Jesus then asked which of the three passers by was a true neighbour to the injured man. The answer is obvious. It is the Samaritan.

Jesus was setting quite wide boundaries in the definition of ‘neighbour’. Complete strangers can be neighbours. People who might likely be our enemies can be neighbours. All kinds of people in need can be our neighbours.

That was probably a much broader definition of neighbour to that taught by the man asking the question. I dare say the man used the Good Samaritan account from then on in his teaching.

However, is Jesus saying that everyone is our neighbour? I don’t think so.

Some zealous Christians can come up with the idea that everyone in the whole world is our neighbour and we have to love them all. Those people might invest themselves in chasing after need upon need, keen to do all in their power for everyone else.

That’s wonderful, but that is not what Christ is teaching.

The Good Samaritan took the injured man to an inn and saw to his needs, agreeing to pay any extras when he passed that way again. Note, though, that having found this wounded man the Good Samaritan did not set up a search party to go looking for other wounded men. He did not set up a Trust Fund for the good of all people attacked on the road. The Samaritan met the needs of one man and one man only. That was the man he came across while living his normal life and going about his normal business.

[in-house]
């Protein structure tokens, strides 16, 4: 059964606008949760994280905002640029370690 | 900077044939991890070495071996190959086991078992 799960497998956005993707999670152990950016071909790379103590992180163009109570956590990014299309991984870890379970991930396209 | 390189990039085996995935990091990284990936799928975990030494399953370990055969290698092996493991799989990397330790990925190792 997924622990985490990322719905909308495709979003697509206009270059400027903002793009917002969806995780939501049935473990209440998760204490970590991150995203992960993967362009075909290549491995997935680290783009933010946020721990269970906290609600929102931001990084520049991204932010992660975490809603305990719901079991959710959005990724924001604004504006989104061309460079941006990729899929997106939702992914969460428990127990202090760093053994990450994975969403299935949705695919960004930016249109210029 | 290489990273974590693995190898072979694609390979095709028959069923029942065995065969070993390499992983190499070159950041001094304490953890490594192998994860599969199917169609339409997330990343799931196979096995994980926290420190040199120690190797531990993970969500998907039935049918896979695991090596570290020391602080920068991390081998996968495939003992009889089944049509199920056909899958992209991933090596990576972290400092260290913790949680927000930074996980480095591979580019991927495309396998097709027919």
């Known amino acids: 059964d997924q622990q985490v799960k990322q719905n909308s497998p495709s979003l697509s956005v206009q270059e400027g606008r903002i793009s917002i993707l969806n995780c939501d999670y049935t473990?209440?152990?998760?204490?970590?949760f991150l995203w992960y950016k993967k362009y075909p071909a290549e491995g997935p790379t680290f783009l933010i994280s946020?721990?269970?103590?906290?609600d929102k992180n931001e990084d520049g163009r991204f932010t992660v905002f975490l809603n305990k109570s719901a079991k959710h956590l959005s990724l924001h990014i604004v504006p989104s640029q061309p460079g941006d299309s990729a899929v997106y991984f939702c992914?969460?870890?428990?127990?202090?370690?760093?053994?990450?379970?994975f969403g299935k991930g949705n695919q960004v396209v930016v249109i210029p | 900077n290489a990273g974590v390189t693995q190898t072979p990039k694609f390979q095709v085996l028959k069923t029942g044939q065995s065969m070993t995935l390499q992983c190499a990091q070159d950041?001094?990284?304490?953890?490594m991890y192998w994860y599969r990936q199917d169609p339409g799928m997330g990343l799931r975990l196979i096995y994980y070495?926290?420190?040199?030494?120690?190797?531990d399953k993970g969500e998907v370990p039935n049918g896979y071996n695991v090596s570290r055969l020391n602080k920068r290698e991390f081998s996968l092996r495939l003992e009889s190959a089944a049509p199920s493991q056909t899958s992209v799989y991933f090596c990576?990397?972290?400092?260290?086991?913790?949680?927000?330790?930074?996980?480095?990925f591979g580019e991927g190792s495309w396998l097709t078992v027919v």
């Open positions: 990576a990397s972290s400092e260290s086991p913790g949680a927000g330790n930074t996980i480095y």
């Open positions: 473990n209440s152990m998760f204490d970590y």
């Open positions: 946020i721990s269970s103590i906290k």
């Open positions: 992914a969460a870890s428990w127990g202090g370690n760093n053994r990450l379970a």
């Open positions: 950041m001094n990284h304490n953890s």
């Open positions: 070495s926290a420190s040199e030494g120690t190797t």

Observing that, we can come up with a working definition of ‘neighbour’ as, those people you come across in your daily life.

Neighbour doesn’t include all the needy people in the world. It doesn’t include all the sufferers we could be concerned about. It includes those God puts in your path on a day to day basis, in the course of your normal life.

So the definition of ‘neighbour’ is very broad, because you could come across just about anyone. But it is also very narrow, because on some days you might not come across anyone in need at all.